The Turing Game : Exploring Identity in an Online Environment

Do men and women behave differently online? Can you tell how old someone is, or determine their race or national origin based on how they communicate on the internet? Issues of personal identity affect how we relate to others in everyday life, both online and offline. However, identity in this new medium is still poorly understood by internet users. An online environment, The Turing Game, helps internet users to explore these issues. 11,158 people used it over a one-year period. Players from 81 countries on all seven continents used the game to learn about issues of identity and diversity online through direct experience. We studied these interactions through logfile analysis, participant observation and qualitative interviewing. In this paper, we present an indepth discussion of a single evening in the environment. Our primary goal is to show how internet users learn about identity in this environment. Identity was once a concept reflected on primarily by scholars, but is increasingly a subject of fascination and concern for members of the general public. What concerns about identity do people bring to such a game? What are they curious about, and what do they find surprising? Is it possible to support a kind of philosophical play that promotes reflection by participants?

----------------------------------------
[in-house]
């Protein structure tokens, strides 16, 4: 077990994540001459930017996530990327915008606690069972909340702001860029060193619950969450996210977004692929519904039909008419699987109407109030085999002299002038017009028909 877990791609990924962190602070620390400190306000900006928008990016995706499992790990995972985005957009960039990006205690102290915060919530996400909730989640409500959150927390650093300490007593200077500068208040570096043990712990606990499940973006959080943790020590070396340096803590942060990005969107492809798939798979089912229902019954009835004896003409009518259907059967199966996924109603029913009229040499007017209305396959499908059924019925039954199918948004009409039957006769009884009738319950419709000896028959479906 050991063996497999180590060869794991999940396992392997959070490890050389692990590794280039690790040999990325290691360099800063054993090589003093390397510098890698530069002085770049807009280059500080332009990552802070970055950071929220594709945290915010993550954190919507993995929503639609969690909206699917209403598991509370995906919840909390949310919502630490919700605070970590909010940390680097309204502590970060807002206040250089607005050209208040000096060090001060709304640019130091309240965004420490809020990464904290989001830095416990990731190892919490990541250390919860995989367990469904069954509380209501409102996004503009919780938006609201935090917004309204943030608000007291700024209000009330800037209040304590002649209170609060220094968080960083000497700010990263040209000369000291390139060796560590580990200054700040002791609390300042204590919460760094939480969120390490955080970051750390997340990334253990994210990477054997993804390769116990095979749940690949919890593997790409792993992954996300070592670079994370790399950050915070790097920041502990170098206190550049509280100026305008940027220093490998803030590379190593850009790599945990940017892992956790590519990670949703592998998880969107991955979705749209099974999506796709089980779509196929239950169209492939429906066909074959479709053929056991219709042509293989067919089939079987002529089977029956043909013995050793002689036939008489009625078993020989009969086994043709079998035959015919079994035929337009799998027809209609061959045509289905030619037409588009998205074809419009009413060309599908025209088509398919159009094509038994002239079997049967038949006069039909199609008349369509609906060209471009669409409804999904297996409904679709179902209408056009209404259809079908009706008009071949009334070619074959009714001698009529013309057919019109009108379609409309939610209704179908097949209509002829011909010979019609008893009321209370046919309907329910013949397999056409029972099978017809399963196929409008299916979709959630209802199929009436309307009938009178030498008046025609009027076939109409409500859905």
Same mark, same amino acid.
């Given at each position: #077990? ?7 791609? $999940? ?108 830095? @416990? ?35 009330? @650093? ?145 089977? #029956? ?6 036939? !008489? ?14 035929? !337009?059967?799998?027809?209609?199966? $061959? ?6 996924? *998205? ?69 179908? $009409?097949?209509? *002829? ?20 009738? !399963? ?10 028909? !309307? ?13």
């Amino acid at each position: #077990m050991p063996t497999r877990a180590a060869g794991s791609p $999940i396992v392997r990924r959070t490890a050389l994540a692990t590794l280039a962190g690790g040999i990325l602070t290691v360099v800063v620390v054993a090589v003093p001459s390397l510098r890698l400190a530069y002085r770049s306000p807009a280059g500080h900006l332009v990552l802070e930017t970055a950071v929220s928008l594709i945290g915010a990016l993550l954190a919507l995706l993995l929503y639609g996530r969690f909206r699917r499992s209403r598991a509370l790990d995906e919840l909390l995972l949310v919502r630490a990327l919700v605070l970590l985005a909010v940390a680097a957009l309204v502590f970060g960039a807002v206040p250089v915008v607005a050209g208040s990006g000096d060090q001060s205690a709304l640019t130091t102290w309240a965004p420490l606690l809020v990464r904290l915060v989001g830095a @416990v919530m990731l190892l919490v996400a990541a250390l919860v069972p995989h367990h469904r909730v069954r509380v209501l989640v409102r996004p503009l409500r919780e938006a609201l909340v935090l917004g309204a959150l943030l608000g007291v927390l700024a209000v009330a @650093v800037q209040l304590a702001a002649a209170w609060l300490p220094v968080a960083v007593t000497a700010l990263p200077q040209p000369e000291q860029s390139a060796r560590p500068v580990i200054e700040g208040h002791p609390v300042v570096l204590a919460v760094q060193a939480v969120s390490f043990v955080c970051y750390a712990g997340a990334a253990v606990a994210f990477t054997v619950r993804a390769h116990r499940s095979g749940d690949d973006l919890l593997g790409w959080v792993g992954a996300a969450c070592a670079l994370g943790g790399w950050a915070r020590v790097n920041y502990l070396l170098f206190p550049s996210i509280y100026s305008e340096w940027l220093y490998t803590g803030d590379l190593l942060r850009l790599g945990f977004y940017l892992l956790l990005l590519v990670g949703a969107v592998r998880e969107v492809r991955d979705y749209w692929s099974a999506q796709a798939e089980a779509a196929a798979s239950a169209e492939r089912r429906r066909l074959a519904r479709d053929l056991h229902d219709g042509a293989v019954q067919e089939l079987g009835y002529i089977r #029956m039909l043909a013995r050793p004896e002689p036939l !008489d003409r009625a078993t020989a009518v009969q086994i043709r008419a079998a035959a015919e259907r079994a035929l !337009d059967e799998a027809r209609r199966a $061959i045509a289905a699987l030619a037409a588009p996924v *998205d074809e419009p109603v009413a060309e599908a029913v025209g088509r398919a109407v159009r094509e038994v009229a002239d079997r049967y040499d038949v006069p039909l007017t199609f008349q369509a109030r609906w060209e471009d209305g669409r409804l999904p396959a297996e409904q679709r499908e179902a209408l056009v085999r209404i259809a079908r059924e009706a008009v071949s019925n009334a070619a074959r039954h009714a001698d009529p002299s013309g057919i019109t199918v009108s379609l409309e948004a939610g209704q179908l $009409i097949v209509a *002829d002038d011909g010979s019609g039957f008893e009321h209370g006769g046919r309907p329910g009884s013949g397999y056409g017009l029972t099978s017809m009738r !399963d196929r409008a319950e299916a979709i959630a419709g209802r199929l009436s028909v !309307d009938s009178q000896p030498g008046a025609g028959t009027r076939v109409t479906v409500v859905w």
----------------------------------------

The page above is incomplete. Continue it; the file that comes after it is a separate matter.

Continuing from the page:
Joshua Berman , Amy S. Bruckman


Berman, Joshua and Amy Bruckman (2001). "The Turing Game: Exploring Identity in an Online Environment." Convergence, 7(3), 83-102.


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